WASHINGTON, February 15, 2018 – The World Bank today approved an International Development Association (IDA)* Credit and an IDA
The investments under the Nigeria Electricity Transmission Project will increase the power transfer capacity of the transmission network and enable distribution
“The Federal Government is committed to addressing the challenges in the public-owned transmission network and the financing being provided by the World Bank under the Nigeria Electricity Transmission Project power sector underlines this commitment. The Federal Government anticipates that private sector financing in the privately-owned segments of the value-chain will complement the government’s efforts in bringing better quality service to citizens,” said H.E. Babatunde Fashola, SAN, Minister for Power, Works and Housing.
This project is part of the Power Sector Recovery Program (PSRP) by the Federal Government, which is a comprehensive package of policy, legal, regulatory, operational and financial interventions that will restore the financial viability of power sector. The measures that will be implemented through 2021 are aimed at improving transparency and service delivery and re-establishing investor confidence in the sector.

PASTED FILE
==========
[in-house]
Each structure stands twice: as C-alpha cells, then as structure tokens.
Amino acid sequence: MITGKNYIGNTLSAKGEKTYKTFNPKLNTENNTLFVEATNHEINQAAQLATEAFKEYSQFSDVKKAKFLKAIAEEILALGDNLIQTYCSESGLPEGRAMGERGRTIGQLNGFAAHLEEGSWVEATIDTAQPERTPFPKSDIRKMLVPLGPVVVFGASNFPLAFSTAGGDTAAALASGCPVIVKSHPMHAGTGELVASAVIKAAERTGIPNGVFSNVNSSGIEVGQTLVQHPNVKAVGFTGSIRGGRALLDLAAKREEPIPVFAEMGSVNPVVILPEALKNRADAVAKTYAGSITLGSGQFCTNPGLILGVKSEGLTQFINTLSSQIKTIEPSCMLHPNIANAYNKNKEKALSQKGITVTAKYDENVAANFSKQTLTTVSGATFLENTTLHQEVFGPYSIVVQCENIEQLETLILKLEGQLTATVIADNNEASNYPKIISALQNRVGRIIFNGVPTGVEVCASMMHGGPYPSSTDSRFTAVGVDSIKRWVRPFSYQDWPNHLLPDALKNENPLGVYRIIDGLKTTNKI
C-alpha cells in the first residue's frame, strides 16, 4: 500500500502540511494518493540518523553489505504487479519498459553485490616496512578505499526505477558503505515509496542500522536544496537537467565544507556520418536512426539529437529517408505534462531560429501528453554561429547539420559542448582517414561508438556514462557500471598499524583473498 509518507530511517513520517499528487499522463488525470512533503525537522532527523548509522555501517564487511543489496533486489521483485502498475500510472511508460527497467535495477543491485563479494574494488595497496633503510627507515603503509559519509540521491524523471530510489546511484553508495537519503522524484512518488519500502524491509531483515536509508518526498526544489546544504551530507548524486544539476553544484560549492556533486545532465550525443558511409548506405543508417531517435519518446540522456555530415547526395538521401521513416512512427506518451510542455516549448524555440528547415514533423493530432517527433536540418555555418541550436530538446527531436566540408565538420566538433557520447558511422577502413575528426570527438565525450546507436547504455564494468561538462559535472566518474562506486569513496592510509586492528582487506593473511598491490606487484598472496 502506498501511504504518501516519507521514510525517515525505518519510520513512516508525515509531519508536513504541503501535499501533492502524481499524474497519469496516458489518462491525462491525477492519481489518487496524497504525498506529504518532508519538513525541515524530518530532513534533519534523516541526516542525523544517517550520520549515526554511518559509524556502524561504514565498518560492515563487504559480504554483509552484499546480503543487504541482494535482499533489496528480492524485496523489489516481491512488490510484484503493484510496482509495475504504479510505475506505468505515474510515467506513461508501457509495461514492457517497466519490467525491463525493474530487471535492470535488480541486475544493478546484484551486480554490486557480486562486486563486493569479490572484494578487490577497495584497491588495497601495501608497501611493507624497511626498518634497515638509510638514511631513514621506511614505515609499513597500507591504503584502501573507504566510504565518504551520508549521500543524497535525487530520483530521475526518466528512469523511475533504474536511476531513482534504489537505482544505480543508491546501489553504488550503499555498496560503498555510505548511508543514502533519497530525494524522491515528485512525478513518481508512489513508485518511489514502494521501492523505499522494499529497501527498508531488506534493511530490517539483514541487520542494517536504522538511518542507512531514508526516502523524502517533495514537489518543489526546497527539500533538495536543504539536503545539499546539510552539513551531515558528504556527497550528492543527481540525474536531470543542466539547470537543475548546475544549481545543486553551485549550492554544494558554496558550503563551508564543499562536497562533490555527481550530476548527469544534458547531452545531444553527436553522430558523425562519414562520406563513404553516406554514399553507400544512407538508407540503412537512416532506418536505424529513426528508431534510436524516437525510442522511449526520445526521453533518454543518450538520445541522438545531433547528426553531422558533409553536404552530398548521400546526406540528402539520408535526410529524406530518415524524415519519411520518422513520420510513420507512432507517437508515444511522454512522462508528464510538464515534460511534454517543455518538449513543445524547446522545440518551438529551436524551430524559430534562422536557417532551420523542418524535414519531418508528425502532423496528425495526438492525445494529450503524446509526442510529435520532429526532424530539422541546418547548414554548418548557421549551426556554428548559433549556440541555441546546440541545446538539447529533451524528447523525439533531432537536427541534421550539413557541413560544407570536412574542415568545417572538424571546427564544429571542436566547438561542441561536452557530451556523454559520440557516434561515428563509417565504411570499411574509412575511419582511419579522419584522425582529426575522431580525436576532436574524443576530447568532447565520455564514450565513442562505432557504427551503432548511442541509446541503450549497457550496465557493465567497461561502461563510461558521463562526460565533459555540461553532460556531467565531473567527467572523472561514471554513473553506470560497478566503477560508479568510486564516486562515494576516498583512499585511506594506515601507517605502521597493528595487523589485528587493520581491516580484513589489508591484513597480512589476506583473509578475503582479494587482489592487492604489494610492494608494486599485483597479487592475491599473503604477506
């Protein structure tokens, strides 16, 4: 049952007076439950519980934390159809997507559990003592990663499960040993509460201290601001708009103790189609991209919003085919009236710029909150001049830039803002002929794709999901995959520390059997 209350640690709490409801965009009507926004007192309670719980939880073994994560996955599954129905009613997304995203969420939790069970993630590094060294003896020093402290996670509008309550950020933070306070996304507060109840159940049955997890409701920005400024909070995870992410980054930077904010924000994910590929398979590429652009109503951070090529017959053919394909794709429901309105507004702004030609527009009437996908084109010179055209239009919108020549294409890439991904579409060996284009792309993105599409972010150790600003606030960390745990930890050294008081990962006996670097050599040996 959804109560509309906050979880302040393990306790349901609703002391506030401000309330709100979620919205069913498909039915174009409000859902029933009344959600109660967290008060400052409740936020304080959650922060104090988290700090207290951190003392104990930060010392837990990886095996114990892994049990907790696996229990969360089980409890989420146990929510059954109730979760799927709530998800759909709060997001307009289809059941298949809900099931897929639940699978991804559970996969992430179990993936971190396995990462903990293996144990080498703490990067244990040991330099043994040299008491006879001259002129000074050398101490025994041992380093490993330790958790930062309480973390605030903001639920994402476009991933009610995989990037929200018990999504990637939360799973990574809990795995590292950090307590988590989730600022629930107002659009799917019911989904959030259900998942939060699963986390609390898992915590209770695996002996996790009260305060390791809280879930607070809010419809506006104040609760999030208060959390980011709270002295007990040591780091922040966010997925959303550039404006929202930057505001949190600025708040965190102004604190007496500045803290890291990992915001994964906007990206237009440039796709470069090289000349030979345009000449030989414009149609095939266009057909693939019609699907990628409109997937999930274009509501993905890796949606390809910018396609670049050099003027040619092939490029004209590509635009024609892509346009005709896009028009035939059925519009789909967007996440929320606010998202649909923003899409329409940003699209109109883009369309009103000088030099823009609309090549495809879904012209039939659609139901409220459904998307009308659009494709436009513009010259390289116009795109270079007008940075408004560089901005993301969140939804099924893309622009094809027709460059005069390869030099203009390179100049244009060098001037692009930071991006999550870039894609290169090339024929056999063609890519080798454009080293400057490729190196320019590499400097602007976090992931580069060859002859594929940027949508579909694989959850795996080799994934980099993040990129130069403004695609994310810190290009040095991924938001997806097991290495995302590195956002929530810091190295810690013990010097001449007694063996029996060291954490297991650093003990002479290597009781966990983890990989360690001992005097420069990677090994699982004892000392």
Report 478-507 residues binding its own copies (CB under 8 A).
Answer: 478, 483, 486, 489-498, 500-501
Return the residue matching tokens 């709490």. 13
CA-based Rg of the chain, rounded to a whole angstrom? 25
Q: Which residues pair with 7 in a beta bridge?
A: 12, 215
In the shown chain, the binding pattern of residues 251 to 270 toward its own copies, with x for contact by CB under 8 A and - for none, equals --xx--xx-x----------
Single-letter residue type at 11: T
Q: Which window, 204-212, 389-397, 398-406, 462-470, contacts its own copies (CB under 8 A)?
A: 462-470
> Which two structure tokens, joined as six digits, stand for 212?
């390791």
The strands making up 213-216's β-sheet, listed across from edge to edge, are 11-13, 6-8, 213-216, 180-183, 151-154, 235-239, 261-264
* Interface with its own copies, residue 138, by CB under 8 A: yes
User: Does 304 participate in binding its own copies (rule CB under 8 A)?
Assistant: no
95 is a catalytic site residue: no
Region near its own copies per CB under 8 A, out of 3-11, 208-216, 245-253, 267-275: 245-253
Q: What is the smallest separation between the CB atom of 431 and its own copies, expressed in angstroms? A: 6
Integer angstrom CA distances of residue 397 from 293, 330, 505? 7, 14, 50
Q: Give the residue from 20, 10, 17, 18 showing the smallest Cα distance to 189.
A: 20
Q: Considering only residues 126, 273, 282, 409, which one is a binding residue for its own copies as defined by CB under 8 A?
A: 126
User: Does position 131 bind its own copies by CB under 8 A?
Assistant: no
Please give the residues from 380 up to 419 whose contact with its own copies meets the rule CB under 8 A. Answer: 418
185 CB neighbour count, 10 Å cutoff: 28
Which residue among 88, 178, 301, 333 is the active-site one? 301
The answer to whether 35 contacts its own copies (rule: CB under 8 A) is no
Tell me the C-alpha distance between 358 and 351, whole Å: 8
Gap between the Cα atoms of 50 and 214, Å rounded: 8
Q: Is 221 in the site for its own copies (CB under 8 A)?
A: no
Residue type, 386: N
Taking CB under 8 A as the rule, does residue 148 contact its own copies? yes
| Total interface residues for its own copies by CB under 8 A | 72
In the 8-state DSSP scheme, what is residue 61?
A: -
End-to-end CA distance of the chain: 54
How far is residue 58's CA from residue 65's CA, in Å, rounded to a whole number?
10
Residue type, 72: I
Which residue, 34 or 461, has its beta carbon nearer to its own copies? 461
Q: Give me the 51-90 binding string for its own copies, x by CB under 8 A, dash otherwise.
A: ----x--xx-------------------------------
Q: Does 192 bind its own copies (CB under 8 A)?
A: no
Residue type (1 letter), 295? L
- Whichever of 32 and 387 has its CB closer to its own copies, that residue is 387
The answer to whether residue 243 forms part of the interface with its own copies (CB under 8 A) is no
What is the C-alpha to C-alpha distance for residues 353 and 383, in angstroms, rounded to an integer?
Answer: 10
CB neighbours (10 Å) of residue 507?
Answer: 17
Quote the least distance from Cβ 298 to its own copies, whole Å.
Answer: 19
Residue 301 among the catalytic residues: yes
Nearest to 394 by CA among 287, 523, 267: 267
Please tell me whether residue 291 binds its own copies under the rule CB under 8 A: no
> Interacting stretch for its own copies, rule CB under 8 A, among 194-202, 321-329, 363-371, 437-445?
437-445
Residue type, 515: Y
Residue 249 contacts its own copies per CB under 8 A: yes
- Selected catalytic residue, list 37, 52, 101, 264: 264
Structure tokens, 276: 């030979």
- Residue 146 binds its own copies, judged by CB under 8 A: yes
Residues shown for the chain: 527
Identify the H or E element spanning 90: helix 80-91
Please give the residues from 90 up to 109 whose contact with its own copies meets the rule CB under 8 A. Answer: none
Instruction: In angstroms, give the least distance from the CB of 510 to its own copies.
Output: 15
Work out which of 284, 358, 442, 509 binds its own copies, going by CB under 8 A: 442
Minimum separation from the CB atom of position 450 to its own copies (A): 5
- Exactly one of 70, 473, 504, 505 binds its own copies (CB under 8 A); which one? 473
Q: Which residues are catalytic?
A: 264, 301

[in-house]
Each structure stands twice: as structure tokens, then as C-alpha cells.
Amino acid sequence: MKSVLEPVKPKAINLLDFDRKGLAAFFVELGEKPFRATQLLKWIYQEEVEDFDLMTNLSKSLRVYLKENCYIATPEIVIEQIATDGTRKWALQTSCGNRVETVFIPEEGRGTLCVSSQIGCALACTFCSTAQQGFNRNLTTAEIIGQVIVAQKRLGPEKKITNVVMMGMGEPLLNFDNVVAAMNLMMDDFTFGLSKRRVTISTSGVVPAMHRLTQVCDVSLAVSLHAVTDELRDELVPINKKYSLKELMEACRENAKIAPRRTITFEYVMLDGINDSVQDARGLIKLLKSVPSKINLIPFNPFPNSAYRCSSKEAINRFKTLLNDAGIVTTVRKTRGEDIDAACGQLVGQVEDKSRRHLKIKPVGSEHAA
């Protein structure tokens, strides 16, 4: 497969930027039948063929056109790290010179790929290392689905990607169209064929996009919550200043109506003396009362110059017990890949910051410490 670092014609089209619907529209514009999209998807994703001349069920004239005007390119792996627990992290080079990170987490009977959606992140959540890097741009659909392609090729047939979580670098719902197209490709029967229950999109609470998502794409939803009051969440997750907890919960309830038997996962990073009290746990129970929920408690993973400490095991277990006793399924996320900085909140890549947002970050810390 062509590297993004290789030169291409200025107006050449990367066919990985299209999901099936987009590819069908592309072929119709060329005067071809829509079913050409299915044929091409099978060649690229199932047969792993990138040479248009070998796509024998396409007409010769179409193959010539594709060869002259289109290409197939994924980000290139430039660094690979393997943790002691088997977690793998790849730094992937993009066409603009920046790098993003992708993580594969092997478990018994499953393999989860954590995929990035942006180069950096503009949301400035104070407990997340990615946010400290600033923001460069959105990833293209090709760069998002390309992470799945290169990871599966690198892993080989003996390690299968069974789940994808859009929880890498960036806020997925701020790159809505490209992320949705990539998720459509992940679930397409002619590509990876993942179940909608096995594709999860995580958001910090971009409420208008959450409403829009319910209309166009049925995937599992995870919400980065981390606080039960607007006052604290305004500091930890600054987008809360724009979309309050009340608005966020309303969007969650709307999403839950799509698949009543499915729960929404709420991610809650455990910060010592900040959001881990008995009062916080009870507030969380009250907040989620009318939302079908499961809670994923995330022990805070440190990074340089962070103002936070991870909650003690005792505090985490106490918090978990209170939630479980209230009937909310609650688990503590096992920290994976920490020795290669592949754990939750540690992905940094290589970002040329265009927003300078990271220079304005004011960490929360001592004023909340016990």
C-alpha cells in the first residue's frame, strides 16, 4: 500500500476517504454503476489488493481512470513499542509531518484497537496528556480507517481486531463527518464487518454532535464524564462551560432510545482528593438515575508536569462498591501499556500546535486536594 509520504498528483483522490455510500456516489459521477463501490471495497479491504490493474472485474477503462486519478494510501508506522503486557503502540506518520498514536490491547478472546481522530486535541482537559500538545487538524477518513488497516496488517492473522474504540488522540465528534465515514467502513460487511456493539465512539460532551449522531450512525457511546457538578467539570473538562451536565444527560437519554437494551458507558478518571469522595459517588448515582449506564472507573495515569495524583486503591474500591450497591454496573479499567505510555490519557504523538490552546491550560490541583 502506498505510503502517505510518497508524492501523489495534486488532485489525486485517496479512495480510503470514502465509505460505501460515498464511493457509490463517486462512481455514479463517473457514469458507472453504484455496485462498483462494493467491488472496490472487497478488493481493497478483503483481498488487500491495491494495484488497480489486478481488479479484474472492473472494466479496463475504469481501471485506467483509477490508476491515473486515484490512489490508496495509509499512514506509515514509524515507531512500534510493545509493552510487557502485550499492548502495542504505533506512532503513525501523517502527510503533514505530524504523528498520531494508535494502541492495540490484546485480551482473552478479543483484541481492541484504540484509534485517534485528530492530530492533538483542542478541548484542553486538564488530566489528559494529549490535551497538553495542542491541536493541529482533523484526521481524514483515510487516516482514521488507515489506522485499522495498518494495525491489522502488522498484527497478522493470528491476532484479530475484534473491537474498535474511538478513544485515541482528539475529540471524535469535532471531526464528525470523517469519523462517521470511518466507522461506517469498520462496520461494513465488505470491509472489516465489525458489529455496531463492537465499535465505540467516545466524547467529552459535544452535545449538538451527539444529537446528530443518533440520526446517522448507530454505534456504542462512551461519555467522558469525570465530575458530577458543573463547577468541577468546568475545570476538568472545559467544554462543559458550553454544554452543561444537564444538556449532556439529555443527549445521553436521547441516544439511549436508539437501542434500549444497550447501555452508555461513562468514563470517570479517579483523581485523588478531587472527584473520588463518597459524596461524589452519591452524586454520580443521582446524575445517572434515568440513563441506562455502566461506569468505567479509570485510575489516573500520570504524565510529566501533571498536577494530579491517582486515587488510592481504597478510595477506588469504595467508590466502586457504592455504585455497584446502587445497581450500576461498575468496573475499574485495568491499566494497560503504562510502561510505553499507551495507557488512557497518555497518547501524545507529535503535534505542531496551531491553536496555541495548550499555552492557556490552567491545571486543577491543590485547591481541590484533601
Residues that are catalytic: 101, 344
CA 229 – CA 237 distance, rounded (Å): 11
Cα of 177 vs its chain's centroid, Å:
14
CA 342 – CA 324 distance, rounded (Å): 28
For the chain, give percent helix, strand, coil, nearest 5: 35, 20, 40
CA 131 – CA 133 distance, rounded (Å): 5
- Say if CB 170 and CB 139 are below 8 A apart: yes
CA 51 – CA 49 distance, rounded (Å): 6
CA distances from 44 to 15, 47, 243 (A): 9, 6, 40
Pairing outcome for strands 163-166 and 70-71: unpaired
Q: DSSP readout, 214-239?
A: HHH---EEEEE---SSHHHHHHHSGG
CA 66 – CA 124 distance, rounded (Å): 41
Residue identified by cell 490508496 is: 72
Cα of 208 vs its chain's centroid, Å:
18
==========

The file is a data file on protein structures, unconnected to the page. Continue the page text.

“The Nigeria Electricity Transmission Project will help address key bottlenecks in the transmission network and improve access to affordable and reliable electricity service to citizens,” said Rachid Benmessaoud, the World Bank Country Director for Nigeria.
* The World Bank’s International Development Association (IDA), established in 1960, helps the world’s poorest countries by providing grants and low to zero-interest loans for projects and programs that boost economic growth, reduce poverty, and improve poor people’s lives. IDA is one of the largest sources of assistance for the world’s 75 poorest countries, 39 of which are in Africa. Resources from IDA bring positive change to the 1.5 billion people who live in IDA countries. Since 1960, IDA has supported development work in 113 countries. Annual commitments have averaged about $18 billion over the last three years, with about 54 percent going to Africa.